I wasn’t rattled, like I said, I get it. So in an attempt to disarm “Aisle Seat” a little and ease the tension, I responded, “Well, she’s awfully cute, so I guess they’re all missing out.” “Aisle Seat” didn’t laugh.

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Of the 130 minutes that we were in the air, Abigail cried for approximately 10 of them. Man, we tried so hard. We got out all the toys and all the books. We ate all the Cheerios, played all the games, and sang all the songs (quietly). There were a few minutes where I thought Abigail’s charms might win “Aisle Seat” over. But just when I thought we were gonna make it with a decent amount of dignity, “Aisle Seat” got up and walked to the front. And complained to the flight attendant.

I know this because the flight attendant (bless her) then came over and started banging cups in Abigail’s face to “entertain” her. Confused, Abigail took the cups, stacked them together, and put them down. The flight attendant cheerfully said, “Maybe that will help,” and walked away. Not to be deterred, “Aisle Seat” grabbed a cup and the bag of Cheerio’s (that I was holding), got a handful of Cheerio’s out of the bag, filled the cup, and started shaking it at Abigail. (At this point, I was just trying not to laugh.) “You’ve got to keep them distracted,” she said. Them? There’s only one of her. And she’s doing pretty good for a toddler on a plane, but she is having a rough day. Maybe you are too, since you’re now on your second Jack Daniels on a two-hour flight.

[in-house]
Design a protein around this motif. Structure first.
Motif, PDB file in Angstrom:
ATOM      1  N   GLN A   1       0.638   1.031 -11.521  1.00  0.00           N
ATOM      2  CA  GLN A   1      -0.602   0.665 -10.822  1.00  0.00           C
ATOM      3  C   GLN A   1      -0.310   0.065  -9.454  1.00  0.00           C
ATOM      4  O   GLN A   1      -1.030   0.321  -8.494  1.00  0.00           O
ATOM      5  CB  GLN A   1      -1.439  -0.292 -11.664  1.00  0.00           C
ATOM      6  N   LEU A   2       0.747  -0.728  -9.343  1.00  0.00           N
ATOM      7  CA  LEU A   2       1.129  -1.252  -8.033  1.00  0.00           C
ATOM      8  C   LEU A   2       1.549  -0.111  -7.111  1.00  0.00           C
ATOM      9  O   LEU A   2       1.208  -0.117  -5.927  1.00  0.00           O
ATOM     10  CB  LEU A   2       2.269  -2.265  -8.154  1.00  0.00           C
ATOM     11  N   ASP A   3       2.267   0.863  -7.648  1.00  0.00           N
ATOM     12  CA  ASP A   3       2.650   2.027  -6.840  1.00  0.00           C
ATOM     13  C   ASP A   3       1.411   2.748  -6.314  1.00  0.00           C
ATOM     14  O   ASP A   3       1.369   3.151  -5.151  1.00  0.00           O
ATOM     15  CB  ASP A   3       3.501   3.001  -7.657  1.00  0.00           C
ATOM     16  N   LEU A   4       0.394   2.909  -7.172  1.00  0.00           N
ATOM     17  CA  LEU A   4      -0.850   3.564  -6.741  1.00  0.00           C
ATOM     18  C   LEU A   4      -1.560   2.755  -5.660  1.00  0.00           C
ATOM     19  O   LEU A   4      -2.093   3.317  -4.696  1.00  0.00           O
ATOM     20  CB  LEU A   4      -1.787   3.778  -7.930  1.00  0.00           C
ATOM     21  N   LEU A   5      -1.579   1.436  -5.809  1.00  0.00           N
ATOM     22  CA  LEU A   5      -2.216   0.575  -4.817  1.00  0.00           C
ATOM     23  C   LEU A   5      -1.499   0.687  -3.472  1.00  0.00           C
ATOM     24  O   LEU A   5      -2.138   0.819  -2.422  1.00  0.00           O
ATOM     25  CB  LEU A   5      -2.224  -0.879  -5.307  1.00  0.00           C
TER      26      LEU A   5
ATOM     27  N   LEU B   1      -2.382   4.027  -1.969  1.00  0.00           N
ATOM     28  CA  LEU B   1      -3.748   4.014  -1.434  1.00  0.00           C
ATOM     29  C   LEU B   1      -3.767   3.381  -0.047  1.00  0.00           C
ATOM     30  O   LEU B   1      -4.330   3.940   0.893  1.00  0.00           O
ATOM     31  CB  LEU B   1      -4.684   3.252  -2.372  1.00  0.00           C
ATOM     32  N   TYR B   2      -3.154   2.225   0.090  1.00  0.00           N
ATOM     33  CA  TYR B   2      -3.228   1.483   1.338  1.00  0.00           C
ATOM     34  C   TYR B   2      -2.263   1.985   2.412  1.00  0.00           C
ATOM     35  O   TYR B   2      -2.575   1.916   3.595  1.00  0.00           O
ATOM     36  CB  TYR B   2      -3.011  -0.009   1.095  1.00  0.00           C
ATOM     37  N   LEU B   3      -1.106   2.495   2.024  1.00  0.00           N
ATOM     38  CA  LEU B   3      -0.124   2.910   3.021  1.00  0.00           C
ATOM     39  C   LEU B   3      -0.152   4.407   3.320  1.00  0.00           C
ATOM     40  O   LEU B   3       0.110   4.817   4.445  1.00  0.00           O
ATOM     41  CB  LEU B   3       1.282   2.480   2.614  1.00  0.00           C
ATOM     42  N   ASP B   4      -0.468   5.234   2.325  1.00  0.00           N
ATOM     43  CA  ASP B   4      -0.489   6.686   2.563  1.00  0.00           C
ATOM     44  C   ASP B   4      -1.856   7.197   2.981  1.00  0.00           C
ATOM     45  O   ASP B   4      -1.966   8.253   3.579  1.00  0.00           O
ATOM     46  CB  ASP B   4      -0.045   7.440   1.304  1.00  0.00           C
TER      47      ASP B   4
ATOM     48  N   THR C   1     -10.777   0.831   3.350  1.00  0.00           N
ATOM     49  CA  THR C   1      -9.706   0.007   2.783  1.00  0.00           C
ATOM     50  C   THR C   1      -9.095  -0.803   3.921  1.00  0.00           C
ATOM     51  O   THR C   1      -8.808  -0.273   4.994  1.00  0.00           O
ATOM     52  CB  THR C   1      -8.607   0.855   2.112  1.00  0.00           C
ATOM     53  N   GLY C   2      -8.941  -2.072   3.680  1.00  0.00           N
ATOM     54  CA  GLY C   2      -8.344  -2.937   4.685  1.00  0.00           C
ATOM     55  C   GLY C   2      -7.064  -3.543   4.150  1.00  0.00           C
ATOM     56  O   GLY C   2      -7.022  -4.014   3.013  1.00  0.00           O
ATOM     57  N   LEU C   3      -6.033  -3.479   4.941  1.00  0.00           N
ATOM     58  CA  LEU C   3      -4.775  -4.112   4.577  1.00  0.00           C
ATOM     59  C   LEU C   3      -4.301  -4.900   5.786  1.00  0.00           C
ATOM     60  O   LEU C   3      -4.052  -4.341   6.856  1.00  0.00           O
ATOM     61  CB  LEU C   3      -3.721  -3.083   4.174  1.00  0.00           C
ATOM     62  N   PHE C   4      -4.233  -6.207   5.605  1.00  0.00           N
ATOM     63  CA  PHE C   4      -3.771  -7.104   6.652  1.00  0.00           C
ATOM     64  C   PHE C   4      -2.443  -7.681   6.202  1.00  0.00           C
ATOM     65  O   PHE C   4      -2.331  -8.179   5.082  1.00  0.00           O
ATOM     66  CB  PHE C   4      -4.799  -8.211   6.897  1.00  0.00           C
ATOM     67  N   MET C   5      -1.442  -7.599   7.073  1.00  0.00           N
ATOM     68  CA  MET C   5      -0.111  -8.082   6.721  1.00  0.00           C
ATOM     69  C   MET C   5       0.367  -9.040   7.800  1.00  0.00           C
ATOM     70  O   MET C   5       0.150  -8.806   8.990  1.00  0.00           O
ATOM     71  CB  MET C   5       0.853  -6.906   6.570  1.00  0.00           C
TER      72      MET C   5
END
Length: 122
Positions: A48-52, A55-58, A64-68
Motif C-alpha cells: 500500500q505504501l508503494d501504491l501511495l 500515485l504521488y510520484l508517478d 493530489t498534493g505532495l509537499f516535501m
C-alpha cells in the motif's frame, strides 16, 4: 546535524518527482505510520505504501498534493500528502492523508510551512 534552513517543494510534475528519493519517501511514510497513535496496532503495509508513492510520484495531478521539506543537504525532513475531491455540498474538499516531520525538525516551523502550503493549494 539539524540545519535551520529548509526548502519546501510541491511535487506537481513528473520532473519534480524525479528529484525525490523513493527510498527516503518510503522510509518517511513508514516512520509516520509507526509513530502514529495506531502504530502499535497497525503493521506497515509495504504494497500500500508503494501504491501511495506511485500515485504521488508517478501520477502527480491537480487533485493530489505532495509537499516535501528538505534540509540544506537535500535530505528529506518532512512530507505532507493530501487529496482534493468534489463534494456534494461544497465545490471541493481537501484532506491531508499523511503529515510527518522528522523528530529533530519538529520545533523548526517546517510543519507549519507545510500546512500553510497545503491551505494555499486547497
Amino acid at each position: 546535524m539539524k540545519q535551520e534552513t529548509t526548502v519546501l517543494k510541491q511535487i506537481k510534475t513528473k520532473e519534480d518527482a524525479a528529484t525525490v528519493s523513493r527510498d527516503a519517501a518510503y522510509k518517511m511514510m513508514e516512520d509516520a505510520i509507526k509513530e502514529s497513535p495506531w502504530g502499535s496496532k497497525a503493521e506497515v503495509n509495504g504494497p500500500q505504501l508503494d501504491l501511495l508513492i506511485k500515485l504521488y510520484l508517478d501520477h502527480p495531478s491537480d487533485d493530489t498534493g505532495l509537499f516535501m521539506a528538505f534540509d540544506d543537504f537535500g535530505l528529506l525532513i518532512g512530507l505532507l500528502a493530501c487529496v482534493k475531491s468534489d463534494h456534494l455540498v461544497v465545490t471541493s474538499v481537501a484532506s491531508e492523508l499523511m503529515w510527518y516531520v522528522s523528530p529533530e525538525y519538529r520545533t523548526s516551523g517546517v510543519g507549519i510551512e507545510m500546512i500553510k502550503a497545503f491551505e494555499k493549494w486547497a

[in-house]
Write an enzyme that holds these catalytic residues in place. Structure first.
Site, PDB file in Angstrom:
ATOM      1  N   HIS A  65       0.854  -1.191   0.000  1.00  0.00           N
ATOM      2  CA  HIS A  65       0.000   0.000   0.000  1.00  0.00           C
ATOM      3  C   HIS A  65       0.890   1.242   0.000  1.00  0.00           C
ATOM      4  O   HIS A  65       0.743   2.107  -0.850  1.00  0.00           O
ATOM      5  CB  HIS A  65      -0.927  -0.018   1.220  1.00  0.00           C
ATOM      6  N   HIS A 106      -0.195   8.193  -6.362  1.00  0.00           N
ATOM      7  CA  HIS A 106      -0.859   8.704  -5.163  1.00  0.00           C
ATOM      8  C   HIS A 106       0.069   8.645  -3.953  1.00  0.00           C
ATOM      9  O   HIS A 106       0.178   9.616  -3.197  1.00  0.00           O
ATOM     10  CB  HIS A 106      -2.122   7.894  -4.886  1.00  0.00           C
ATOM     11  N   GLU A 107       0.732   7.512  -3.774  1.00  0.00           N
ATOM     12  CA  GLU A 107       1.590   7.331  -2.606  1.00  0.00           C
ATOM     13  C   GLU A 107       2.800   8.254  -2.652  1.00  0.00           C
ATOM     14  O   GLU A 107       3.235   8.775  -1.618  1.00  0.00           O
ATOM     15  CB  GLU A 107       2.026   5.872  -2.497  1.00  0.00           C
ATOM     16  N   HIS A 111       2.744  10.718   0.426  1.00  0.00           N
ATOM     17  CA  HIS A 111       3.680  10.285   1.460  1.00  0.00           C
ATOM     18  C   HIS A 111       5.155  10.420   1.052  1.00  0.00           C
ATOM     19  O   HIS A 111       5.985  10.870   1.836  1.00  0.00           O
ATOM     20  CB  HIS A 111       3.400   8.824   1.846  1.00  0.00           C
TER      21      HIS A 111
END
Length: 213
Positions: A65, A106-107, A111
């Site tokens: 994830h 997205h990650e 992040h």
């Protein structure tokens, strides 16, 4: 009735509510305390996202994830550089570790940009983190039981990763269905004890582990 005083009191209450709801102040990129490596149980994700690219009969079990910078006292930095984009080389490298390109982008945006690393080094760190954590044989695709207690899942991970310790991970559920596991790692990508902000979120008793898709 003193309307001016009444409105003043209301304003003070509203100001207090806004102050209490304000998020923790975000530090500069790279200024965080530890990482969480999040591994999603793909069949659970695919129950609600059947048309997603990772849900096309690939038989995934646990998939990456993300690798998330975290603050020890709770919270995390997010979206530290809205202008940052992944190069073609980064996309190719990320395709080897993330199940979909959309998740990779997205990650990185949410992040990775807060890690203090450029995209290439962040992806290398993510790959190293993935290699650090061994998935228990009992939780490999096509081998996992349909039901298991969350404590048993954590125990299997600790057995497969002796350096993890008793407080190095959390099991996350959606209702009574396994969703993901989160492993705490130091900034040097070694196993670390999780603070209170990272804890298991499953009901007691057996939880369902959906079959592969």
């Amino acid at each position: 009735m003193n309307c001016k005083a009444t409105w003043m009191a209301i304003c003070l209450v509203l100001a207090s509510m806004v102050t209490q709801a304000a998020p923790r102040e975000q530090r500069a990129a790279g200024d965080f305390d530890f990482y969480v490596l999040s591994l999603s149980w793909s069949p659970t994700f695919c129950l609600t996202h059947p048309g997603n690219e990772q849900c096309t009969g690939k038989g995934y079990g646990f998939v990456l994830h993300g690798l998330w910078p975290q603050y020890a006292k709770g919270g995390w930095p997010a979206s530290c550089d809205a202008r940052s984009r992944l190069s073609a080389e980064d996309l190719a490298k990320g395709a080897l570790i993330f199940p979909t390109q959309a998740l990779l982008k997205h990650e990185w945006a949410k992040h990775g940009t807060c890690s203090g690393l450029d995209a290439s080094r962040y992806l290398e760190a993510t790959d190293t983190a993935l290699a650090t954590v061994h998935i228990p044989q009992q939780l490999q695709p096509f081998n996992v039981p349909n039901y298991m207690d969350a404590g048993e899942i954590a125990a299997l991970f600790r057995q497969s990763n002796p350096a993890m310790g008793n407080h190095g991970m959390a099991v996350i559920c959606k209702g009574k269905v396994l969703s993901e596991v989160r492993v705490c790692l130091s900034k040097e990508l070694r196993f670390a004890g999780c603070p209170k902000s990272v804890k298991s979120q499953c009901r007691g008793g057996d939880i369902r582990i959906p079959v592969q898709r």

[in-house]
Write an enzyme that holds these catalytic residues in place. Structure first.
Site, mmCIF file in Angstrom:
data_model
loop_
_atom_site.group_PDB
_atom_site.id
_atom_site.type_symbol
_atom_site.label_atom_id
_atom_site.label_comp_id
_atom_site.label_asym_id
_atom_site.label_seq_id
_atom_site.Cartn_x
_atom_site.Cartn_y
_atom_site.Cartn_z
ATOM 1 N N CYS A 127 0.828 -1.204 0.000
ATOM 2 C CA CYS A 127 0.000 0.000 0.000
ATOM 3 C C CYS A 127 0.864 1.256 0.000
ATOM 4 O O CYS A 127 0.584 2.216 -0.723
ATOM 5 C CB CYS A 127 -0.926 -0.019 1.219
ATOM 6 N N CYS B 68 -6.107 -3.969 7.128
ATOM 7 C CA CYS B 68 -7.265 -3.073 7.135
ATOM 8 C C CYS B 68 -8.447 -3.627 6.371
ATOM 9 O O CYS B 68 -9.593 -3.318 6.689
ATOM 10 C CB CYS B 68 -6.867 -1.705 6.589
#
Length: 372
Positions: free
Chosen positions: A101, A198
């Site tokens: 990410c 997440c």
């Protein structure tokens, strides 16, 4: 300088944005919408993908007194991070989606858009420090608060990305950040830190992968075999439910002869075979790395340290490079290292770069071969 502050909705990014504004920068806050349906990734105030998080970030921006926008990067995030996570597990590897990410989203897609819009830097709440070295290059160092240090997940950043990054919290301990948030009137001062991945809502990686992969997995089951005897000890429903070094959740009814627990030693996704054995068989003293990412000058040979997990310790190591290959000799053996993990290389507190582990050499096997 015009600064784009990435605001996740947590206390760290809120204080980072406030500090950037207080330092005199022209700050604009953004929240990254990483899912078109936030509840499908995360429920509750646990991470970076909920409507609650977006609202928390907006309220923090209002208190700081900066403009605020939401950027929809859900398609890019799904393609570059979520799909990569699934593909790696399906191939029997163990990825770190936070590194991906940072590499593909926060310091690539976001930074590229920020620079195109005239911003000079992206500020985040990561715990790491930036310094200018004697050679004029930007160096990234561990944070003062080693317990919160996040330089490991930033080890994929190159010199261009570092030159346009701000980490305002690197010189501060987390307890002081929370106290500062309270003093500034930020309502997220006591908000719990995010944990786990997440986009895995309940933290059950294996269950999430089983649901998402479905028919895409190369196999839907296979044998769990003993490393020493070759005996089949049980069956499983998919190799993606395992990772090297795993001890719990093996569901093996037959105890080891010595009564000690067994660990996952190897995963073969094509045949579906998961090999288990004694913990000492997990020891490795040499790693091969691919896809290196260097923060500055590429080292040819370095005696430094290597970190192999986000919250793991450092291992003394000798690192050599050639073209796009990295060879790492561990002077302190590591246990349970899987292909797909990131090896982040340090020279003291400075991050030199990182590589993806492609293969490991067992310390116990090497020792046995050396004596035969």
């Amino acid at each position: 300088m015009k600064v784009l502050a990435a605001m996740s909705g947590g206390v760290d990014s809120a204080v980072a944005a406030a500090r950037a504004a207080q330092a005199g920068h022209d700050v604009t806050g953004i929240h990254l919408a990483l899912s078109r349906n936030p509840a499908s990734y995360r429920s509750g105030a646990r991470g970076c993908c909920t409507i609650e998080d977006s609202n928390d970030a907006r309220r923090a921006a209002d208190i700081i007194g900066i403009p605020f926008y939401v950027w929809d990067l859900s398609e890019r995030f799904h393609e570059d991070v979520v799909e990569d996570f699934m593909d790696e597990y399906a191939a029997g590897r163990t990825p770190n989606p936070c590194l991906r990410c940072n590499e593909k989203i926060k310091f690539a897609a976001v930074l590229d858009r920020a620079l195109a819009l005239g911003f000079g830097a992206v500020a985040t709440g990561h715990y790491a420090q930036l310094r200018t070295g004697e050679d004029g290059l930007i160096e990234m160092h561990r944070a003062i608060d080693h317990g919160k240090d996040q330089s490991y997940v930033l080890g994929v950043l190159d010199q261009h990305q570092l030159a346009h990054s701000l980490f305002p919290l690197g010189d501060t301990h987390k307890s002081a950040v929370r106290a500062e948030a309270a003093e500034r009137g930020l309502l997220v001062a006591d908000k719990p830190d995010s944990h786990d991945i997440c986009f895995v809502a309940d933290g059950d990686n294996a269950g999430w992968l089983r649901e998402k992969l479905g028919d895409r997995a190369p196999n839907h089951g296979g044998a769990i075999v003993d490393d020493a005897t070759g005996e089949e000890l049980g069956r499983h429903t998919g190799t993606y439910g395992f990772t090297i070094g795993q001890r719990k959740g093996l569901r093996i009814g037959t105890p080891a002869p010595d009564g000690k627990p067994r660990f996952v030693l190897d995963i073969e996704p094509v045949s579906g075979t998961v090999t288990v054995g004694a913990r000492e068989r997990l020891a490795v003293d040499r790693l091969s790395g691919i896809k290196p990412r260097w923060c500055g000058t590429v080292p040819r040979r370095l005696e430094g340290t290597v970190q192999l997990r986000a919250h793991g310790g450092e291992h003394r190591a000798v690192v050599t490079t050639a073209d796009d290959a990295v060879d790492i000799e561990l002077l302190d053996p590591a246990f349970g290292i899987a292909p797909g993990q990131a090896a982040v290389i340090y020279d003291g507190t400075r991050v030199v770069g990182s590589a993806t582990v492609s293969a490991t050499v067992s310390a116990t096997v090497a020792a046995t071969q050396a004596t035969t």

As the plane touched down, “Aisle Seat” said, “I hope you have someone coming to pick you up because I don’t think you can handle all that.” Oh, I think we’ll be ok. I will manage to gather all our belongings and we will go on to live our lives after this flight.